Tales of Vesperia Definitive Edition – Thoughts So Far

As you can tell, Tales of Vesperia Definitive Edition is a remaster of the original game that released on the Xbox 360 first, and then the PS3. However, the PS3 edition was exclusive to Japan and came with additional content. The Definitive Edition comes with all costume DLC and some new ones, as well as new Mystic Artes which are essentially skill to use in battle. The combat system also got an upgrade from the original version, however the main addition is two new characters that you can play as in the game. Flynn Scifo, an Imperial Knight who is your best friend and rival, and Patty Fleur, a mysterious but cheerful young pirate. Both of these characters were in the Japan exclusive PS3 version, but not the Xbox 360 version. The game also comes fully voice acted in both English and Japanese which is a nice addition.

Tales of Vesperia logo and characters

The Story

Tales of Vesperia’s story takes place in a country ruled by the Imperial Capital. You play as Yuri Lowell who is more or less a Robin Hood type of character because he is willing to help anyone in need. I’ve not played a game with this type of character for quite a while and I find it a refreshing change. At the beginning of the game we learn that Yuri used to be a Knight of the Capital but left because he did not agree with how things are run there. In true Robin Hood style Yuri, along with his loyal companion Repede (a dog) then gets caught up in helping his neighbours in the poor, lower quarter of the city retrieve a stolen Blastia core which was powering the area’s fountain filtration system.

Tales of Vesperia the capital scene

Unfortunately, whilst attempting to retrieve the Blastia core, Yuri is apprehended by Knights of the Capital for breaking and entering into the thief’s residence. Now in jail, Yuri catches a lucky break as a fellow prisoner slips him a key, and he manages to escape. During his jailbreak he bumps into a Noblewoman called Estelle who is fleeing from the knights for reasons unknown. Seeing how both of them are in a spot of bother, they agree to help each other out, and the story unfolds from there as you go and explore the world outside the city.

Gameplay

Overall the gameplay is pretty good. The graphics got an upgrade to HD, and thanks to being on a next generation console the fps is also boosted. The game now runs a lot smoother, though using a Xbox One X or PS4 Pro won’t make any difference as the game cannot display 4K. The combat is adequate, but can be a little slow at times, and while this isn’t a game ruining problem, it can be a tad annoying. Combat uses a Linear Motion Battle System that places you in a small area, with fighting similar to a ‘beat’em up’ style game. You control one party member in real-time combat, while the other three party members are controlled by A.I. However, you can set customised commands to predetermine what skills they can use in battle, and you can also switch to another party member at any point during combat.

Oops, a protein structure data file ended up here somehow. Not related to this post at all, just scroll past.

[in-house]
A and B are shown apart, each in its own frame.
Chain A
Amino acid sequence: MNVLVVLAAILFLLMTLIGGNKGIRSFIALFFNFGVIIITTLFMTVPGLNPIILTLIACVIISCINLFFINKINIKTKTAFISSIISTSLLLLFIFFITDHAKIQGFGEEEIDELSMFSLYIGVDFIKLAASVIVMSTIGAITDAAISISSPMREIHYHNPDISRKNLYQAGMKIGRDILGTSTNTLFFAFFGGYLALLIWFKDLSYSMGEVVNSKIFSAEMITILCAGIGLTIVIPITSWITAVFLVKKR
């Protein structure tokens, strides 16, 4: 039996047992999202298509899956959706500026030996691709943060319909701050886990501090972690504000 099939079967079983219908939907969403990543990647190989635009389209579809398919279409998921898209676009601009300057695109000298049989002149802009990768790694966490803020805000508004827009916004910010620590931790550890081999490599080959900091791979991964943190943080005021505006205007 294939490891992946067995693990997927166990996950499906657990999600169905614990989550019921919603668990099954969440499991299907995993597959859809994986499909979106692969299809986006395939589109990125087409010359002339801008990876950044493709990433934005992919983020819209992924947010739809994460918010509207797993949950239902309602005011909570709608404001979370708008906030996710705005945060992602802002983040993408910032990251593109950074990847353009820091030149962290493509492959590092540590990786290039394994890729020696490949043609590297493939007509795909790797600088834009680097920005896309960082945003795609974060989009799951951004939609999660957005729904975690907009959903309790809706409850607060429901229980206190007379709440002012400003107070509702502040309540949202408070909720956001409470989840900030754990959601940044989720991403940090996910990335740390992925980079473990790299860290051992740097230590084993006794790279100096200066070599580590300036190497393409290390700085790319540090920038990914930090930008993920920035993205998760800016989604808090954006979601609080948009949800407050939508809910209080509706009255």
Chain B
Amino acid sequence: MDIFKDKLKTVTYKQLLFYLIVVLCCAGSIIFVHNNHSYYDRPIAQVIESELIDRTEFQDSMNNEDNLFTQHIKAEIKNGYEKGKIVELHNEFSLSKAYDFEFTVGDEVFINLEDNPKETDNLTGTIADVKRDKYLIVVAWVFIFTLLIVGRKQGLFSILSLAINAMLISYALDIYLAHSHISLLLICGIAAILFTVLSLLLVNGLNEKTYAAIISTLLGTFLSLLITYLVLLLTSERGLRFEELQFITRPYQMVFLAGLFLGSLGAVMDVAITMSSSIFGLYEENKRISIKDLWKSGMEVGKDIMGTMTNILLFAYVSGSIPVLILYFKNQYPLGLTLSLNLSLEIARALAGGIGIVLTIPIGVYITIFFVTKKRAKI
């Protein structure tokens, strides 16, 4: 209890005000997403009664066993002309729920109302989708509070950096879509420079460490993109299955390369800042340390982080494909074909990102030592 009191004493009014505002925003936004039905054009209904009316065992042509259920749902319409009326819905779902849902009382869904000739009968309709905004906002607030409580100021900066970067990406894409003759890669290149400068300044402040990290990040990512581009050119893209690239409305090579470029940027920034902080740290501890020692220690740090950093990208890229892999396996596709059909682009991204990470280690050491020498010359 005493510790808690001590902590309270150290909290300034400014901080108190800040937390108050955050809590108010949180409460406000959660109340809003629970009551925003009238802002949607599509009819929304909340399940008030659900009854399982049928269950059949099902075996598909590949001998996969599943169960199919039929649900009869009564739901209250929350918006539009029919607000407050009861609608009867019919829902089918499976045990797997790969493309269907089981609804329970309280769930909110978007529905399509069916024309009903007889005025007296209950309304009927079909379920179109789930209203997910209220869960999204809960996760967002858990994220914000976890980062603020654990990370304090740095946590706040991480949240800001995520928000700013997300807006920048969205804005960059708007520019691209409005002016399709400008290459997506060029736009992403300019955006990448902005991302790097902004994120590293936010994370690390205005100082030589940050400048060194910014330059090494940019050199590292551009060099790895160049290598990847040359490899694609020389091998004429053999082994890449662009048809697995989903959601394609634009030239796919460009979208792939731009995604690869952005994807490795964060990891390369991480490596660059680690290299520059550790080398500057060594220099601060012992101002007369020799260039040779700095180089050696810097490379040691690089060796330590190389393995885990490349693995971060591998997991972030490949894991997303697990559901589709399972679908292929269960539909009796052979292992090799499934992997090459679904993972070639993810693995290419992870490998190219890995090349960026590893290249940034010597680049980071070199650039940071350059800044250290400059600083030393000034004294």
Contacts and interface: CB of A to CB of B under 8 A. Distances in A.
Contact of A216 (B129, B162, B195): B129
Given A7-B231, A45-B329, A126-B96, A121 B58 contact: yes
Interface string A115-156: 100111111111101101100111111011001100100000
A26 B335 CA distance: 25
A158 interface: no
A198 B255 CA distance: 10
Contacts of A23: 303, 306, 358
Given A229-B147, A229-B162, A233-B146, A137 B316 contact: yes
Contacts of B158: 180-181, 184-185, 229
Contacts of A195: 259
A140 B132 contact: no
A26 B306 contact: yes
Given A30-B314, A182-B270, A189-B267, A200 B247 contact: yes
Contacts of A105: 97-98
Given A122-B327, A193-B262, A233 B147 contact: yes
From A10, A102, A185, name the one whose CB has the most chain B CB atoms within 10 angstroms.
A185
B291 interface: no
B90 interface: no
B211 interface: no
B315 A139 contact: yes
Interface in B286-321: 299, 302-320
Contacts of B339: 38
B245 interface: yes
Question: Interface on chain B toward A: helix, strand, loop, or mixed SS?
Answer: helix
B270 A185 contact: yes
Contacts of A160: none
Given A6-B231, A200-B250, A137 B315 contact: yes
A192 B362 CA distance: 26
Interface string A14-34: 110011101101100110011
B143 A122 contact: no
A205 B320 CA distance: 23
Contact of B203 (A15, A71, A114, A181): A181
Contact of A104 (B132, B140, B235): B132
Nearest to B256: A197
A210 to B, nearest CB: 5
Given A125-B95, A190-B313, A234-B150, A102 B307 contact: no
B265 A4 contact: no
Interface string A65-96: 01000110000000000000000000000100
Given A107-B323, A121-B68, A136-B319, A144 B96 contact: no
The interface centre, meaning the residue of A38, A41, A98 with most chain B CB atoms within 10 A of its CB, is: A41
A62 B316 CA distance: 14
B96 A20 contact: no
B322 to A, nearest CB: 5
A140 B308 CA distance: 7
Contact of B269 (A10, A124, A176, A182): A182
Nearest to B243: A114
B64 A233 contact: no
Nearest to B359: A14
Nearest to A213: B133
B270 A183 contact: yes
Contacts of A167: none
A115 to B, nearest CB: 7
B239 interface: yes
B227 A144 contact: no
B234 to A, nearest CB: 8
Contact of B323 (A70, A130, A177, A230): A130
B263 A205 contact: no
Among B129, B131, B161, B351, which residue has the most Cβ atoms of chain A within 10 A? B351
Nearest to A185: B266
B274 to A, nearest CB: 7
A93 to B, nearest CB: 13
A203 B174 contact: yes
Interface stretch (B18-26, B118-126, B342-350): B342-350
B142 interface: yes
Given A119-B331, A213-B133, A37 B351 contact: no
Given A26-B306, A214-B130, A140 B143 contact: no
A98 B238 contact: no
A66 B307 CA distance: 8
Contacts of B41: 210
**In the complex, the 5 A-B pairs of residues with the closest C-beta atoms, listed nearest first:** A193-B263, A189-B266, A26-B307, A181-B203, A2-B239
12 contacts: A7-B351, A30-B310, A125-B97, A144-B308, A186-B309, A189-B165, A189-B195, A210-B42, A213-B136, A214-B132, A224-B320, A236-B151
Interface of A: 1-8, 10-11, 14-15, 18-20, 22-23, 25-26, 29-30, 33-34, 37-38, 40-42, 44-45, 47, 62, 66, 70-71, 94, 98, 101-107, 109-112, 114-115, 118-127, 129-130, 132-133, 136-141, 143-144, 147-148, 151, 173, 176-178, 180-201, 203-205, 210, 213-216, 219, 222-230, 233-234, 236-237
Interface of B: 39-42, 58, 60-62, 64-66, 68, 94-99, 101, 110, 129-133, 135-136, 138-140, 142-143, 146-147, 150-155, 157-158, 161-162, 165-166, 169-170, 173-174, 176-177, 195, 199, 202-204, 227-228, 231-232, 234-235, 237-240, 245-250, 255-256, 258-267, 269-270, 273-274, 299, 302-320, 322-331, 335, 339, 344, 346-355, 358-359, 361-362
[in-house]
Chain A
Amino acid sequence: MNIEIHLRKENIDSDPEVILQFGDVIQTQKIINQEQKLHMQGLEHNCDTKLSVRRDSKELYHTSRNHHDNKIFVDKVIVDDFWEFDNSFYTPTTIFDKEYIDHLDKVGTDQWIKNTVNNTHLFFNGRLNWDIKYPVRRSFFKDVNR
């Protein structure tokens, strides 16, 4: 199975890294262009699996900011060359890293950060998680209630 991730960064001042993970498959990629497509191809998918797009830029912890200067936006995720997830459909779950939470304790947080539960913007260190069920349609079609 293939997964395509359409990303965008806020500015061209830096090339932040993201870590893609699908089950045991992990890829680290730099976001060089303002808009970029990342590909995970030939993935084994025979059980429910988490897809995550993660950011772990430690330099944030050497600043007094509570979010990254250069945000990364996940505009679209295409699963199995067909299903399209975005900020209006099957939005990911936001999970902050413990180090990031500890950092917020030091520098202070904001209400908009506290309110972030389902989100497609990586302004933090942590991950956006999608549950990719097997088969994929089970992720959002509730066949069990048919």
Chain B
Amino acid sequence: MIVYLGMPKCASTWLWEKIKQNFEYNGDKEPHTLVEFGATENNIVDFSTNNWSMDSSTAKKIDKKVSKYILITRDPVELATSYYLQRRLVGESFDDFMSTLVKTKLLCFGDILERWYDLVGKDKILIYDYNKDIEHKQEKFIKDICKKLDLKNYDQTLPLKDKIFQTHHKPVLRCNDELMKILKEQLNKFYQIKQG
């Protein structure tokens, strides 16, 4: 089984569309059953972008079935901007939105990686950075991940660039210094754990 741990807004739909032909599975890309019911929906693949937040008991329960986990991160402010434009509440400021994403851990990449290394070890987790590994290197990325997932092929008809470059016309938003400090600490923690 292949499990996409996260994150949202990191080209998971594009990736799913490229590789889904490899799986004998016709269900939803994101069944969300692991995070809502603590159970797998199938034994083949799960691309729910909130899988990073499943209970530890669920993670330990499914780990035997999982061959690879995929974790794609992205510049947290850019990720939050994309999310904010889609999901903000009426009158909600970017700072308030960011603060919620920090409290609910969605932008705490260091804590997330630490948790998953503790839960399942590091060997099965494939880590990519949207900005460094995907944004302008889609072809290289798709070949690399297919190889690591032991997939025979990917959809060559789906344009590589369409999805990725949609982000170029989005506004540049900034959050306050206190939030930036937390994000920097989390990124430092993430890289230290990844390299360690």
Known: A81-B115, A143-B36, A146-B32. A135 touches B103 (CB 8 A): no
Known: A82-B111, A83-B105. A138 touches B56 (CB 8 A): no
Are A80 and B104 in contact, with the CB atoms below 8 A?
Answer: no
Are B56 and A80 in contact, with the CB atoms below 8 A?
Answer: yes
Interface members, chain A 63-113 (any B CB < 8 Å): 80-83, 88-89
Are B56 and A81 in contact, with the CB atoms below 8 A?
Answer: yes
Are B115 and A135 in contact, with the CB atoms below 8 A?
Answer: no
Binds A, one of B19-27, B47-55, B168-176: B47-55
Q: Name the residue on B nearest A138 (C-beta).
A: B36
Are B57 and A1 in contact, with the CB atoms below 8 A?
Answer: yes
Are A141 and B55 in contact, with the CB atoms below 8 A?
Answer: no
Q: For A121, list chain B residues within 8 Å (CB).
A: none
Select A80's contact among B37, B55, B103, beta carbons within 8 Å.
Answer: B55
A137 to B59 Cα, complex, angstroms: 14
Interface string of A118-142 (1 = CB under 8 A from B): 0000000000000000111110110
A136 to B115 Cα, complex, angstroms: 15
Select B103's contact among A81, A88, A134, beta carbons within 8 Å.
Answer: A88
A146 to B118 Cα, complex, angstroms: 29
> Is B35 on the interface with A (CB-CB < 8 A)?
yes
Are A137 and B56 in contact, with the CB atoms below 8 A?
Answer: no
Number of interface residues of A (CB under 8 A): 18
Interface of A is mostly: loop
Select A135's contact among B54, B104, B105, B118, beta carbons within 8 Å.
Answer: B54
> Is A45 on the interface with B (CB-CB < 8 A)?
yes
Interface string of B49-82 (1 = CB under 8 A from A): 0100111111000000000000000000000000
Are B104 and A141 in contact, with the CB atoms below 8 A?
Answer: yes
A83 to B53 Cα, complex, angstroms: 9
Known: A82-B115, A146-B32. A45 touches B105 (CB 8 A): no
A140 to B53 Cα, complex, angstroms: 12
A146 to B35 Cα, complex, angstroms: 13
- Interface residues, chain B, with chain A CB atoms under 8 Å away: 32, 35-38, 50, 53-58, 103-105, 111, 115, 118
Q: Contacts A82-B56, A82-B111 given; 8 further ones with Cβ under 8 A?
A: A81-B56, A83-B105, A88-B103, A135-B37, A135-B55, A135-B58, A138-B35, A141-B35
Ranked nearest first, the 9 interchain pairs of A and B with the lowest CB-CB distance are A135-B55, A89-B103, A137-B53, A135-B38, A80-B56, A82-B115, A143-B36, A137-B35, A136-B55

In this game it is wise to fight every battle and level grind whenever possible, otherwise the bosses will tear though you like paper. There are also mini games, as well as several new ones to play. My personal favourite is ‘Repede Snowboarding’ (originally exclusive to the PS3), a time trial race downhill. Overall the minigames are a fun distraction from the main story.

Tales of Vesperia Repede dog snowboarding in minigame

As for the music (I’m a sucker for a good game OST), so far I’ve been impressed with the soundtrack, although there has yet to be a piece that stands out to me.  The costumes for the characters are super funky and one of my absolute favourites is one for Repede called “Top dog’s right paw”, mainly because I think he looks like such a badass. Another one I absolutely adore is Karol’s “Dream Traveller” outfit, which is from a series called Klonoa – one of the first games I ever played on the Playstation One.

Conclusion

Personally I am enjoying playing though Tales of Vesperia and chances are I’ll end up replaying it in order to achieve 100% completion. I’m only 10 hours in, and I already know that there are loads of achievements that I’ve missed. However, this is something I value in a game, as I believe that replay value should be a key feature of any game, and this game has certainly got it. For example, every boss fight includes a secret mission to beat (essentially a hidden achievement) which adds an extra challenge to what are already challenging boss fights. There are also plenty more challenges you need to complete in order to hit that elusive 100% achievement mark. Being a self-diagnosed completionist and trophy hunter, I am sure that I will easily spend over 100 hours finishing this game. In terms of price, Tales of Vesperia sits at a reasonable £40, which is a reasonable price considering that it comes with all the DLC included.  

I would recommend this game to anyone who loves JRPGs, especially if you never got a chance to play it before. It truly is an enjoyable game as the characters are all unique, and the story is gearing up to be extremely intriguing.

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